4. Nancy, I agree that they are most likely Scandinavian because of the St. Paul ties. I find it a fascinating portrait because of the triangular shaped pose. The father seems to have a large head and he really is the focus of the shot.

    Daylily, the photo is not a tintype. It's actually rather large measuring 6.75" x 9.5"

    Okay Kristin. You've woven a wonderful tale. I won't be looking at these folks the same anymore.

  5. I have never really got into genealogy.Partly because of (what I feel to be)a very complicated & fragmented Family.My Dad's Polish roots always seemed impenetrable.+ my mother's scottish family were full of half-uncles & third-aunts!
    Also.As with you, Family -Trees seem a bit like Railway Timetables! I have always been more interested in the human aspects of a persons life.Subjectivity Rules!
    Thanks for the tip about Sort your Life,. I will investigate it & see if it overcomes my phobia!

  6. Love that photo but agree the palm frond seems out of place for St Paul. Besides the predominant Norwegians, there were many Germans in the area too. I have gotten back with Ancestry.com after an absence of years and have enjoyed posting, my tree has many branches as does hubby's; I especially like to consider what was happening in the area historically when searching for the anncestral data. What a great photo, pity not to know them, but the story could be invented easily.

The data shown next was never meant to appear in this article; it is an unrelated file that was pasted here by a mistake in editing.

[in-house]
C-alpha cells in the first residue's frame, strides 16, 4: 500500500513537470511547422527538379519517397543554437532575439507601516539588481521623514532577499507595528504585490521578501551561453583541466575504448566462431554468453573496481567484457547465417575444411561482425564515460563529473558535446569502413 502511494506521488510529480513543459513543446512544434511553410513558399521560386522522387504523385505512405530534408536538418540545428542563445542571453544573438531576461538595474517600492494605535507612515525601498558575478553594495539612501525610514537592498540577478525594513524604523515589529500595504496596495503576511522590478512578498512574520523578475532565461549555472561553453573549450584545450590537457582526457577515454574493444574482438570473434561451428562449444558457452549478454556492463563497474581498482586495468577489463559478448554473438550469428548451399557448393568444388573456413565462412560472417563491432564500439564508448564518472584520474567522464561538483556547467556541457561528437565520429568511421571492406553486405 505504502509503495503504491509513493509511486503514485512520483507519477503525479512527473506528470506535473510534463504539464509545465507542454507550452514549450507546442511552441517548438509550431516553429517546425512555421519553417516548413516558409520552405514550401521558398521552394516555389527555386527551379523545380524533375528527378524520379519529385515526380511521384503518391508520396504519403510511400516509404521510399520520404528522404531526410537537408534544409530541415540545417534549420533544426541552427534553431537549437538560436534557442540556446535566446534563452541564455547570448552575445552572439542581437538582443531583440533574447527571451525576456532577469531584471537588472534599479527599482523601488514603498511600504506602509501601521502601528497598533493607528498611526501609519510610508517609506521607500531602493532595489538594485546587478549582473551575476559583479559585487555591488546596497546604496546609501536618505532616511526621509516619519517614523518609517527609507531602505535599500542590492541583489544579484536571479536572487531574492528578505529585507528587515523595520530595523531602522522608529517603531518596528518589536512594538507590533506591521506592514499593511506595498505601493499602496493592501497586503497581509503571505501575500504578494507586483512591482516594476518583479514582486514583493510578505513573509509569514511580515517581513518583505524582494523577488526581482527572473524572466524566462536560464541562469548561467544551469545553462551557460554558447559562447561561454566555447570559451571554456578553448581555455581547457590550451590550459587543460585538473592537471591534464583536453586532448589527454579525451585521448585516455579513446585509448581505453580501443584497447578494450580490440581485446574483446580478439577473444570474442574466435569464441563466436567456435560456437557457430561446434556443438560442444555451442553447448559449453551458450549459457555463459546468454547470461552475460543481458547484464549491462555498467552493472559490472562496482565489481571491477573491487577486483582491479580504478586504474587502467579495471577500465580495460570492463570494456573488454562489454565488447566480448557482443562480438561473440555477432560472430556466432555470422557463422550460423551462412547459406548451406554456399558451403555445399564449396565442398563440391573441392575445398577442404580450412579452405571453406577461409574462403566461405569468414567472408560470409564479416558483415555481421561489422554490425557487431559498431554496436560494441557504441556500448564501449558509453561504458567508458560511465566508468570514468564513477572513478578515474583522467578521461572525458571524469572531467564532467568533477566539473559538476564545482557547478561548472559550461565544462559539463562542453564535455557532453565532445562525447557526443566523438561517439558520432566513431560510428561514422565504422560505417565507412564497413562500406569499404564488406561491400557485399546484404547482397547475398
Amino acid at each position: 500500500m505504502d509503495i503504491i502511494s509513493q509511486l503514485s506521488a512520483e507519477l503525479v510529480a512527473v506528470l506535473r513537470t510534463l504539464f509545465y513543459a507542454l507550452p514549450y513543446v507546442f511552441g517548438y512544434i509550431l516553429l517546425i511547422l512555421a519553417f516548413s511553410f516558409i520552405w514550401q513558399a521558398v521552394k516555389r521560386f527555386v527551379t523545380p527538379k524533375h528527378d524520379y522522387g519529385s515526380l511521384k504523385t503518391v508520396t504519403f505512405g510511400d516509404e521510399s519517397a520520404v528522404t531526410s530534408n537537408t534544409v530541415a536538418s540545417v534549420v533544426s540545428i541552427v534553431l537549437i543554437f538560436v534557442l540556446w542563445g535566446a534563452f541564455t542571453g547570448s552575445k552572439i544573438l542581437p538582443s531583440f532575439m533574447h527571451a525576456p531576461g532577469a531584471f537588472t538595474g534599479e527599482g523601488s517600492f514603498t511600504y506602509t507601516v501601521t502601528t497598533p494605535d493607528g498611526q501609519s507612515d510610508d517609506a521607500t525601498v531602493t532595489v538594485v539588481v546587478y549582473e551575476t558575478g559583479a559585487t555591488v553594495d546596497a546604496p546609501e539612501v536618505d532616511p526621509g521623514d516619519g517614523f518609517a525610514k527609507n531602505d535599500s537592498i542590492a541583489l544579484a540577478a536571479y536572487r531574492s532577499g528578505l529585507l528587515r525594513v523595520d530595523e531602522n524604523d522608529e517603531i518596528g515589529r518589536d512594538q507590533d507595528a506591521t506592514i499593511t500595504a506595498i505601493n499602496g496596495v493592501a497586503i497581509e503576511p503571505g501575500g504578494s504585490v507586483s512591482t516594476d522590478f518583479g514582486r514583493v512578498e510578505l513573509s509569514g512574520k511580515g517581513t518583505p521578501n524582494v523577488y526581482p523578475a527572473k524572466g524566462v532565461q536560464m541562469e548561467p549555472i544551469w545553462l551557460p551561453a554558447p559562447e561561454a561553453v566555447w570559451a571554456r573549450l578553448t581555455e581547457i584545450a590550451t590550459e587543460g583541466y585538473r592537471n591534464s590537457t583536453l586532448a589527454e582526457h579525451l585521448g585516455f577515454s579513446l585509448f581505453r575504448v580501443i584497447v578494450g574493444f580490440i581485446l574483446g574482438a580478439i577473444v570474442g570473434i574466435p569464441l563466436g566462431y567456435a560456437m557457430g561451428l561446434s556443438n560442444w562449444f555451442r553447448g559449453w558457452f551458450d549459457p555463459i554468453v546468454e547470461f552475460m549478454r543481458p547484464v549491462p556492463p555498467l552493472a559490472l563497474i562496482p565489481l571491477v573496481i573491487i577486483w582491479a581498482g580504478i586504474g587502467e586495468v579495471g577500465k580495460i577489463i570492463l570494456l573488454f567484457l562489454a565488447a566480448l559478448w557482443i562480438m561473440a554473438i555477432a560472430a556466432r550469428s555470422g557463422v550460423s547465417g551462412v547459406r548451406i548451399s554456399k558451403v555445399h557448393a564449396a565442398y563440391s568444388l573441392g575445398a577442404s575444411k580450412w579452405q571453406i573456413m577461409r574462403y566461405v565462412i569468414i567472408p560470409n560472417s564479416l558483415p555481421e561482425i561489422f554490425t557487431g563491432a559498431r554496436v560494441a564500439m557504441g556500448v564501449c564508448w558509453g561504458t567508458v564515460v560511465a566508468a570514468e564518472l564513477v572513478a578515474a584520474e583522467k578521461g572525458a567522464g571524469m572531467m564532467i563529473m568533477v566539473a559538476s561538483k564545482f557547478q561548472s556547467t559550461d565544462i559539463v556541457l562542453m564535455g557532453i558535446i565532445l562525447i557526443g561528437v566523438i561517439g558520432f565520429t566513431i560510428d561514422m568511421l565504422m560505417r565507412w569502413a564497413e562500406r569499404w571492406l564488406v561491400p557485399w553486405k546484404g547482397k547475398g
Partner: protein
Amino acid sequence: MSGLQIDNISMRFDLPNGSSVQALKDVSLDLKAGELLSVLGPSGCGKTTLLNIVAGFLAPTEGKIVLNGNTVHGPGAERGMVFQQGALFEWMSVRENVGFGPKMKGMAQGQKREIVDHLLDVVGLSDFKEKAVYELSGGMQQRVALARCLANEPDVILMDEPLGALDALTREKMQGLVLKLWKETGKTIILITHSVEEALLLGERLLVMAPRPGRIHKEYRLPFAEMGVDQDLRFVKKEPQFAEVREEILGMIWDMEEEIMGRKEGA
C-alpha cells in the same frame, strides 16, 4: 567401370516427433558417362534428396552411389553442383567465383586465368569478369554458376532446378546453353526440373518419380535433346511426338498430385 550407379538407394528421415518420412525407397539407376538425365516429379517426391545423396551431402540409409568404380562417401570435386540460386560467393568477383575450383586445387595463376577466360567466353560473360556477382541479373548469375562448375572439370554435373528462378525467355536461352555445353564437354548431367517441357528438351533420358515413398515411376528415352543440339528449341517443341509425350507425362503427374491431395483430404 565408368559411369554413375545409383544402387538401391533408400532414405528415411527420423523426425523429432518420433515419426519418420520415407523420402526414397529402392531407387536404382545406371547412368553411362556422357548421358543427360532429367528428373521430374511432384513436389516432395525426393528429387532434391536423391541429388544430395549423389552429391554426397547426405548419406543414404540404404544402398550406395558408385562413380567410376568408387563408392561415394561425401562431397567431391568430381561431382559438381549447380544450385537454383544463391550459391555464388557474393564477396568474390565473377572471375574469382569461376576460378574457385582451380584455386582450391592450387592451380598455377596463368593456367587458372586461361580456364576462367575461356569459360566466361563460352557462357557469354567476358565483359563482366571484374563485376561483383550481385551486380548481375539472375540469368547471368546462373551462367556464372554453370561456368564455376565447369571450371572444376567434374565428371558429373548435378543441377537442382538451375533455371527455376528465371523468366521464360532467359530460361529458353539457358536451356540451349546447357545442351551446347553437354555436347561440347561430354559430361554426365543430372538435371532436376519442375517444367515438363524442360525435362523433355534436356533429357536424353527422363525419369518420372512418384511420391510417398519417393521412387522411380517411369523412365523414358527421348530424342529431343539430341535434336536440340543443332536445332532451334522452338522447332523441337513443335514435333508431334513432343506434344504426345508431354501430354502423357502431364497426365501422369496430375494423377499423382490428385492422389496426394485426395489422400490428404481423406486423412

7. I am very much into genealogy. Learning who my ancestors were and searching for their story.
    Now about the photo. What a beautiful photo and I agree he does look older than the wife.

  8. I think he looks older because he is turning grey! He may be ten years older than she is..that is pretty common! I also think that the backdrop is pretty fancy..but this was the big city of St Paul...but it really looks tropical..and Minnesota is not tropical..well maybe in July! :)

  9. Very nice photograph. Definitely unique compared to all other family photographs I've been able to grab. It's like it wants to tell a story.

  10. There is such strength in that photograph, a classic of its type. And thanks for the tip about Sort Your Story - I'll certainly take a look.